LINGUIST List 31.2989

Thu Oct 01 2020

Books: Words Matter: McConnell-Ginet

Editor for this issue: Jeremy Coburn <>

Date: 01-Oct-2020
From: Rachel Tonkin <>
Subject: Words Matter: McConnell-Ginet
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Title: Words Matter
Subtitle: Meaning and Power
Published: 2020
Publisher: Cambridge University Press

Book URL:

Author: Sally McConnell-Ginet
Hardback: ISBN: 9781108427210 Pages: Price: U.S. $ 79.99
Hardback: ISBN: 9781108427210 Pages: Price: U.K. £ 59.99
Hardback: ISBN: 9781108427210 Pages: Price: Europe EURO 70.01
Paperback: ISBN: 9781108445900 Pages: Price: U.S. $ 23.99
Paperback: ISBN: 9781108445900 Pages: Price: U.K. £ 17.99
Paperback: ISBN: 9781108445900 Pages: Price: Europe EURO 21.00

History and current affairs show that words matter - and change - because they are woven into our social and political lives. Words are weapons wielded by the powerful; they are also powerful tools for social resistance and for reimagining and reconfiguring social relations. Illustrated with topical examples, from racial slurs and sexual insults to preferred gender pronouns, from ethnic/racial group labels to presidential tweets, this book examines the social contexts which imbue words with potency. Exploring the role of language in three broad categories - establishing social identities, navigating social landscapes, and debating social and linguistic change - Sally McConnell-Ginet invites readers to examine critically their own ideas about language and its complicated connections to social conflict and transformation. Concrete and timely examples vividly illustrate the feedback loop between words and the world, shedding light on how and why words can matter.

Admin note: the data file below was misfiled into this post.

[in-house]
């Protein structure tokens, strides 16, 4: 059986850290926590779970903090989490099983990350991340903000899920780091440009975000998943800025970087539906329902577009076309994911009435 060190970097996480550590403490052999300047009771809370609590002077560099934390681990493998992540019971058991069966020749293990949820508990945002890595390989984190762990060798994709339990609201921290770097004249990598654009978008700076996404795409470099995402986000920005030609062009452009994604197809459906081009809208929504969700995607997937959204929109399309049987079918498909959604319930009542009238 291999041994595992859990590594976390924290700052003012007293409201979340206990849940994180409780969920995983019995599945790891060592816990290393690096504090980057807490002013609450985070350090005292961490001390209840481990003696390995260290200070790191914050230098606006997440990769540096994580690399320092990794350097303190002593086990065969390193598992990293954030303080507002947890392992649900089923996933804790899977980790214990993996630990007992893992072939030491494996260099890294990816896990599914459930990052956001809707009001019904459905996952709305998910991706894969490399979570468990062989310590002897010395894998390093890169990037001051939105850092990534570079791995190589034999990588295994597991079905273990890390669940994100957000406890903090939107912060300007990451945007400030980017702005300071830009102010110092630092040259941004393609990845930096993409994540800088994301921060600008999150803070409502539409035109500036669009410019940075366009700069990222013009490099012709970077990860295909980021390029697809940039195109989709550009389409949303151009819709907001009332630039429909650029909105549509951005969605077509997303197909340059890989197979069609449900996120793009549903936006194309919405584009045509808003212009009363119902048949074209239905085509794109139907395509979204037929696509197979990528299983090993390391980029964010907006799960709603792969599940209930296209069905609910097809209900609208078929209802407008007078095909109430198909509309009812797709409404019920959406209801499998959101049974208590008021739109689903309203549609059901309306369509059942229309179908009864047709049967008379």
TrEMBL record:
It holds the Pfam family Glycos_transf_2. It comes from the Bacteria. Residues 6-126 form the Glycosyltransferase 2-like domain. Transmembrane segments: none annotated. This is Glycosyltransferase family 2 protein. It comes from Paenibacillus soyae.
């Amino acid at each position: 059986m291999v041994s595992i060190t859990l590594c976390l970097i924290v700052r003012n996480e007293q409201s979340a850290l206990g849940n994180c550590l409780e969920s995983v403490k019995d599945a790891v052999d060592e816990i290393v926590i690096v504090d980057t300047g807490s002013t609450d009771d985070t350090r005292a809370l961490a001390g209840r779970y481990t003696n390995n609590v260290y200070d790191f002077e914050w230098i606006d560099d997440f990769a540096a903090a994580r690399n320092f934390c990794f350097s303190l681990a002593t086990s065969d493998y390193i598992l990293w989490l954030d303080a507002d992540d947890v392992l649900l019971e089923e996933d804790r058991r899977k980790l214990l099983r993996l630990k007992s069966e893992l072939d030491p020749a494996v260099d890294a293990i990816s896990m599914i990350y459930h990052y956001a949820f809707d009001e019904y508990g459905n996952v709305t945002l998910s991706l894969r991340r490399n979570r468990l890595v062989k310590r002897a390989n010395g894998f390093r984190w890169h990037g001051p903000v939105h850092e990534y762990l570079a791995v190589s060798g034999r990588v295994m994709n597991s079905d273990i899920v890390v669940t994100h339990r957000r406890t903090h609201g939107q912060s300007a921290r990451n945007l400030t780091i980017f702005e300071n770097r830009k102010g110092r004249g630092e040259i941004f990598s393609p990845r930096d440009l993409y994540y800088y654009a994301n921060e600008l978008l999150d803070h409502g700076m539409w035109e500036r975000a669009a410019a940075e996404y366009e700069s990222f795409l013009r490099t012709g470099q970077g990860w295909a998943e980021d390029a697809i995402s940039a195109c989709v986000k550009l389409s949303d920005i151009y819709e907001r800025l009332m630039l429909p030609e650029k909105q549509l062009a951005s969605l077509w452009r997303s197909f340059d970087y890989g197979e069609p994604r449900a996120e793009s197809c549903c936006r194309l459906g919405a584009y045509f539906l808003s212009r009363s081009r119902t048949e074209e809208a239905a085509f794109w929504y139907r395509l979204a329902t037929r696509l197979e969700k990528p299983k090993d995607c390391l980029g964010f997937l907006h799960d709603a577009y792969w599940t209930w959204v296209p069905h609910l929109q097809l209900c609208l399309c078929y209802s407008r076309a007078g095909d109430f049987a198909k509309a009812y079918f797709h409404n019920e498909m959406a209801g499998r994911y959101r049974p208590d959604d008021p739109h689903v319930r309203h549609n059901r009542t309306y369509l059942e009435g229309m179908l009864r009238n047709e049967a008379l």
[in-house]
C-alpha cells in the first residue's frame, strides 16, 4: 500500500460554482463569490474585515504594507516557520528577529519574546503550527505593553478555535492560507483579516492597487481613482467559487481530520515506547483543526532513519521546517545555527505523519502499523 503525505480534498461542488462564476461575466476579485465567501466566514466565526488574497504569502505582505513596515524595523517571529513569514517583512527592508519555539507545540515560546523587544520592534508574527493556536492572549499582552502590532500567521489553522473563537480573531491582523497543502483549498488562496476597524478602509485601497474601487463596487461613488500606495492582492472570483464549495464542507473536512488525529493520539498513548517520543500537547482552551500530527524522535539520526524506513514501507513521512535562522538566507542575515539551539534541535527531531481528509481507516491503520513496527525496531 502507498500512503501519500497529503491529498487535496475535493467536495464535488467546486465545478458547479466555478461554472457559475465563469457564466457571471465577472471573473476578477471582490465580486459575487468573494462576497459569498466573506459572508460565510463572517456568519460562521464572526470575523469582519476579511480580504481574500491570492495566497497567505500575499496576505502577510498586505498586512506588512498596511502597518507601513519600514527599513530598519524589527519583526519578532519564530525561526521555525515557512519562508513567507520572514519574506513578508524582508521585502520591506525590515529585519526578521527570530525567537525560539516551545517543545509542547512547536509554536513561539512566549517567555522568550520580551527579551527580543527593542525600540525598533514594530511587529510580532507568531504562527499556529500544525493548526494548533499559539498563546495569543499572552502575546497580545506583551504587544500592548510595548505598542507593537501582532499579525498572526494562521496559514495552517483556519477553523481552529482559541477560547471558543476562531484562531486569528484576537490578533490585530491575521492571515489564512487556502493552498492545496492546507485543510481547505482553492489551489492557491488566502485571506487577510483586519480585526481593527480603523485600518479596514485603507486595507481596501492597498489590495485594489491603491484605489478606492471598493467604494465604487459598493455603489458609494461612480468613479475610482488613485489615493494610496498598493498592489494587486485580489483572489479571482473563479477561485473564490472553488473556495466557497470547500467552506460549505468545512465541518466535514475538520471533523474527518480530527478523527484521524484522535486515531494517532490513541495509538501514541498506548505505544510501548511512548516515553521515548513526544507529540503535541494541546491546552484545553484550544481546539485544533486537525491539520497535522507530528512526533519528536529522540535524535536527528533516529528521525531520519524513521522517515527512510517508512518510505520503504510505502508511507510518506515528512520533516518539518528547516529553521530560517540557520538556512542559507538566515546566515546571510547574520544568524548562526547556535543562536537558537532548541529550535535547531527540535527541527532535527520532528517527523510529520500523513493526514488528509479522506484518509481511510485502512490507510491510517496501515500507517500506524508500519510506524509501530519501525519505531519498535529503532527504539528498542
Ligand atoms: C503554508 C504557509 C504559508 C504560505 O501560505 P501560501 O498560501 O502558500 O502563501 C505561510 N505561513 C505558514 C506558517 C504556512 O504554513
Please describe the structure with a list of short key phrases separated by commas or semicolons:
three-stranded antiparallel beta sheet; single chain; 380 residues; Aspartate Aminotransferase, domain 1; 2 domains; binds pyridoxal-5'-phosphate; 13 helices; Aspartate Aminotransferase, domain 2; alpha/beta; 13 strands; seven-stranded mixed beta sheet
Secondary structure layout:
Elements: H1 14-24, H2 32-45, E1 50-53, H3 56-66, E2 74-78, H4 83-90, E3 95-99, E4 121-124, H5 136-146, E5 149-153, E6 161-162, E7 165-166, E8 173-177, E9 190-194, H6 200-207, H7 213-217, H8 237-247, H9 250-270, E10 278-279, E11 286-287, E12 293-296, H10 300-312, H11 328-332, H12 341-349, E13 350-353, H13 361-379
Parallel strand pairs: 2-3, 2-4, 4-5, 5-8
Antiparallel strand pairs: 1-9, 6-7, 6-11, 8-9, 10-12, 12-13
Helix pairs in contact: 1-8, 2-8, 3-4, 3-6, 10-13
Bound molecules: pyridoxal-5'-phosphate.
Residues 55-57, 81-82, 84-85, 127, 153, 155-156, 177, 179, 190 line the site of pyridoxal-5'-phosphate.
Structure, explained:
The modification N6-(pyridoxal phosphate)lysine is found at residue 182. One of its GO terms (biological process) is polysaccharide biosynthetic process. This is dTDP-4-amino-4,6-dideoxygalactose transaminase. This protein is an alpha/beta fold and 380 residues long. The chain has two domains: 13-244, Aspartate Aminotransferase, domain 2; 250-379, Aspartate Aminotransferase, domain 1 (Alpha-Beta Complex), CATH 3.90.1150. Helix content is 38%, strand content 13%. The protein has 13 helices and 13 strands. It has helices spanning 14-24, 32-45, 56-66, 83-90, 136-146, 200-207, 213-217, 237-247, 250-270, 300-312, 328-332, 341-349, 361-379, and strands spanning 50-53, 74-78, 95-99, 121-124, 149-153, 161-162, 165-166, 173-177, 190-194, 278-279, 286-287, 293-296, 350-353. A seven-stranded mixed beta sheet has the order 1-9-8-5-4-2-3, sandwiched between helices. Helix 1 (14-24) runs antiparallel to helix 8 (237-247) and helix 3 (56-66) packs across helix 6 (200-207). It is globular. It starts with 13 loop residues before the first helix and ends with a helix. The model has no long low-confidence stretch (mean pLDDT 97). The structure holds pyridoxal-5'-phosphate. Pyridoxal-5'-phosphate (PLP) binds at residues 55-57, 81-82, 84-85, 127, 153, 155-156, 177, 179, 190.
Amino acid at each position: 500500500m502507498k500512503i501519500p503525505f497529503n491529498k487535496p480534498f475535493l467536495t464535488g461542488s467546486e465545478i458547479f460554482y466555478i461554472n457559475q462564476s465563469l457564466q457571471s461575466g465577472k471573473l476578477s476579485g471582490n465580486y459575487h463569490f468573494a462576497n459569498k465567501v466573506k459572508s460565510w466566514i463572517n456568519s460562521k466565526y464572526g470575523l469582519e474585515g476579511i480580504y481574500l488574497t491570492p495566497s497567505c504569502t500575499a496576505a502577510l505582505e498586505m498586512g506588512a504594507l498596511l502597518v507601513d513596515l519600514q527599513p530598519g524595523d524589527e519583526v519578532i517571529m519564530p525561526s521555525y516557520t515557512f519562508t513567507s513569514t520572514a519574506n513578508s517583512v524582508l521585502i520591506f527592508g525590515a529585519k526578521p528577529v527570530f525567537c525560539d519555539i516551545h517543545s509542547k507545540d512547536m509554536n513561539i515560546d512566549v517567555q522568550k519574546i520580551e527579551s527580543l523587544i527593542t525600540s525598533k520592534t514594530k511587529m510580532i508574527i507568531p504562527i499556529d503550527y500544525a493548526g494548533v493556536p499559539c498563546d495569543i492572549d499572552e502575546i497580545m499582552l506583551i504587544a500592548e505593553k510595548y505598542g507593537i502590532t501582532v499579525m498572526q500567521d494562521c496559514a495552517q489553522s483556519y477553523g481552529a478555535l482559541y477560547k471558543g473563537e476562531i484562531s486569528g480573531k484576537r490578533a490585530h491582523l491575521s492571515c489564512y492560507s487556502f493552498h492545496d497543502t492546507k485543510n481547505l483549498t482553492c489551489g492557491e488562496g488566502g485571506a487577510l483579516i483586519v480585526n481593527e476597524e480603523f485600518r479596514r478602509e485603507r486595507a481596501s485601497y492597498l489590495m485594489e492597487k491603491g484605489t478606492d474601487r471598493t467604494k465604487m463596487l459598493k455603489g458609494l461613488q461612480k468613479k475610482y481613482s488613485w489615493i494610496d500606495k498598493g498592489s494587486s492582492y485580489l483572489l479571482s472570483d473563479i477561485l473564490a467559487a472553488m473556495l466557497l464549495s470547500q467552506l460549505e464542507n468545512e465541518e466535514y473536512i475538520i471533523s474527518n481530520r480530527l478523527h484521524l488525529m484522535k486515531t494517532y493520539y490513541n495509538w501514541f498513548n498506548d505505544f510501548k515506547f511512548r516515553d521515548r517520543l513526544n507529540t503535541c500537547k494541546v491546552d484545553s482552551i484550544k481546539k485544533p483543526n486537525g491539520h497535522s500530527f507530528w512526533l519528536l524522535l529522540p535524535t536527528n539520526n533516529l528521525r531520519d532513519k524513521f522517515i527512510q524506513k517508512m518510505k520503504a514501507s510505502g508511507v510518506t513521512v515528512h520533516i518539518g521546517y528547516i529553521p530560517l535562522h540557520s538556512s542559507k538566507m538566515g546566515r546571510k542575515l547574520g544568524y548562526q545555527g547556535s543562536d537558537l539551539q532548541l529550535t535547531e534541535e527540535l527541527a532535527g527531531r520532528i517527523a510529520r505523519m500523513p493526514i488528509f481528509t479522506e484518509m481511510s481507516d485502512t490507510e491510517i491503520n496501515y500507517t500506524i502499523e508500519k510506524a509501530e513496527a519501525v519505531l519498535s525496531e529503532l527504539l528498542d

Getting Started; 1. Labeling: “What are you, anyway?”; 2. Marking/Erasing: “Instead of saying 'normal Americans', you can just say 'Americans'”; 3. Generalizing: “All the Women were White, All the Blacks were Men, but Some of Us were Brave”; 4. Addressing: “All right, my man...keep your hands on the steering wheel; 5. Putting Down: “[They] aren't people – they're animals”; 6. Reforming/Resisting: “It's like a kind of sexual racism”; 7. Authorizing: “When I use a word it means just what I choose it to mean...[but who] is to be master?”; 8. Concluding.

Linguistic Field(s): Semantics

Written In: English (eng)

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Page Updated: 01-Oct-2020